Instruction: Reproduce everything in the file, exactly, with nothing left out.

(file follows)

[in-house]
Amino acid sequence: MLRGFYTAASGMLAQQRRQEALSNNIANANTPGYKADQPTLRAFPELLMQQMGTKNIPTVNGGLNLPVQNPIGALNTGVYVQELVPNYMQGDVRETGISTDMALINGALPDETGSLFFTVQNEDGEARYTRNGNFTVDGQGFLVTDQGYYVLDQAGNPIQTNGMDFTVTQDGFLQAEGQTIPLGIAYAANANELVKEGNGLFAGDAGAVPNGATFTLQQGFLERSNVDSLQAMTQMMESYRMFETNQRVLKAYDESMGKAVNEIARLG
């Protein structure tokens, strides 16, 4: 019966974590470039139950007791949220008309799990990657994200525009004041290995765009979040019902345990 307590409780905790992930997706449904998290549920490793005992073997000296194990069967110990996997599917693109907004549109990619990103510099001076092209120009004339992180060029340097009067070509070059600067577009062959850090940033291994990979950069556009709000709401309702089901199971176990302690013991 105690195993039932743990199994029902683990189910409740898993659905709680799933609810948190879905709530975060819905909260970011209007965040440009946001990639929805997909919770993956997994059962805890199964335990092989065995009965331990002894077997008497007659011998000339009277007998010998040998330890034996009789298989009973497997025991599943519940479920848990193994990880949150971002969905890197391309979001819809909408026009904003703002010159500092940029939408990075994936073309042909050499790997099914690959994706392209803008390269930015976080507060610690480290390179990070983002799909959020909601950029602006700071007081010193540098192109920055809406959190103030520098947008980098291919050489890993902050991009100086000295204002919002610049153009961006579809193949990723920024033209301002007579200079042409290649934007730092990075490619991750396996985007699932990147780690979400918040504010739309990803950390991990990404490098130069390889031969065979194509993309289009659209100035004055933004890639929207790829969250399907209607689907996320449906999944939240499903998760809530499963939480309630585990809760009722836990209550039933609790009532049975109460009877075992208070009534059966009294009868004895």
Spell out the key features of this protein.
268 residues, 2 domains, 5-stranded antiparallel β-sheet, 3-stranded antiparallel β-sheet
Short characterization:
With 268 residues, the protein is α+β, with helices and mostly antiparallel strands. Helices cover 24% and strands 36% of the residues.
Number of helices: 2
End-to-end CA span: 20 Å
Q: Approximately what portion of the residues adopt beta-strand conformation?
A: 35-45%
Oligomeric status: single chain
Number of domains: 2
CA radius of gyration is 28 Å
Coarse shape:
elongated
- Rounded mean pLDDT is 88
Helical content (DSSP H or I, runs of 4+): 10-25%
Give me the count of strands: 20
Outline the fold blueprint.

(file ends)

[in-house]
Amino acid sequence: MLRGFYTAASGMLAQQRRQEALSNNIANANTPGYKADQPTLRAFPELLMQQMGTKNIPTVNGGLNLPVQNPIGALNTGVYVQELVPNYMQGDVRETGISTDMALINGALPDETGSLFFTVQNEDGEARYTRNGNFTVDGQGFLVTDQGYYVLDQAGNPIQTNGMDFTVTQDGFLQAEGQTIPLGIAYAANANELVKEGNGLFAGDAGAVPNGATFTLQQGFLERSNVDSLQAMTQMMESYRMFETNQRVLKAYDESMGKAVNEIARLG
């Protein structure tokens, strides 16, 4: 019966974590470039139950007791949220008309799990990657994200525009004041290995765009979040019902345990 307590409780905790992930997706449904998290549920490793005992073997000296194990069967110990996997599917693109907004549109990619990103510099001076092209120009004339992180060029340097009067070509070059600067577009062959850090940033291994990979950069556009709000709401309702089901199971176990302690013991 105690195993039932743990199994029902683990189910409740898993659905709680799933609810948190879905709530975060819905909260970011209007965040440009946001990639929805997909919770993956997994059962805890199964335990092989065995009965331990002894077997008497007659011998000339009277007998010998040998330890034996009789298989009973497997025991599943519940479920848990193994990880949150971002969905890197391309979001819809909408026009904003703002010159500092940029939408990075994936073309042909050499790997099914690959994706392209803008390269930015976080507060610690480290390179990070983002799909959020909601950029602006700071007081010193540098192109920055809406959190103030520098947008980098291919050489890993902050991009100086000295204002919002610049153009961006579809193949990723920024033209301002007579200079042409290649934007730092990075490619991750396996985007699932990147780690979400918040504010739309990803950390991990990404490098130069390889031969065979194509993309289009659209100035004055933004890639929207790829969250399907209607689907996320449906999944939240499903998760809530499963939480309630585990809760009722836990209550039933609790009532049975109460009877075992208070009534059966009294009868004895």
Spell out the key features of this protein.
268 residues, 2 domains, 5-stranded antiparallel β-sheet, 3-stranded antiparallel β-sheet
Short characterization:
With 268 residues, the protein is α+β, with helices and mostly antiparallel strands. Helices cover 24% and strands 36% of the residues.
Number of helices: 2
End-to-end CA span: 20 Å
Q: Approximately what portion of the residues adopt beta-strand conformation?
A: 35-45%
Oligomeric status: single chain
Number of domains: 2
CA radius of gyration is 28 Å
Coarse shape:
elongated
- Rounded mean pLDDT is 88
Helical content (DSSP H or I, runs of 4+): 10-25%
Give me the count of strands: 20
Outline the fold blueprint.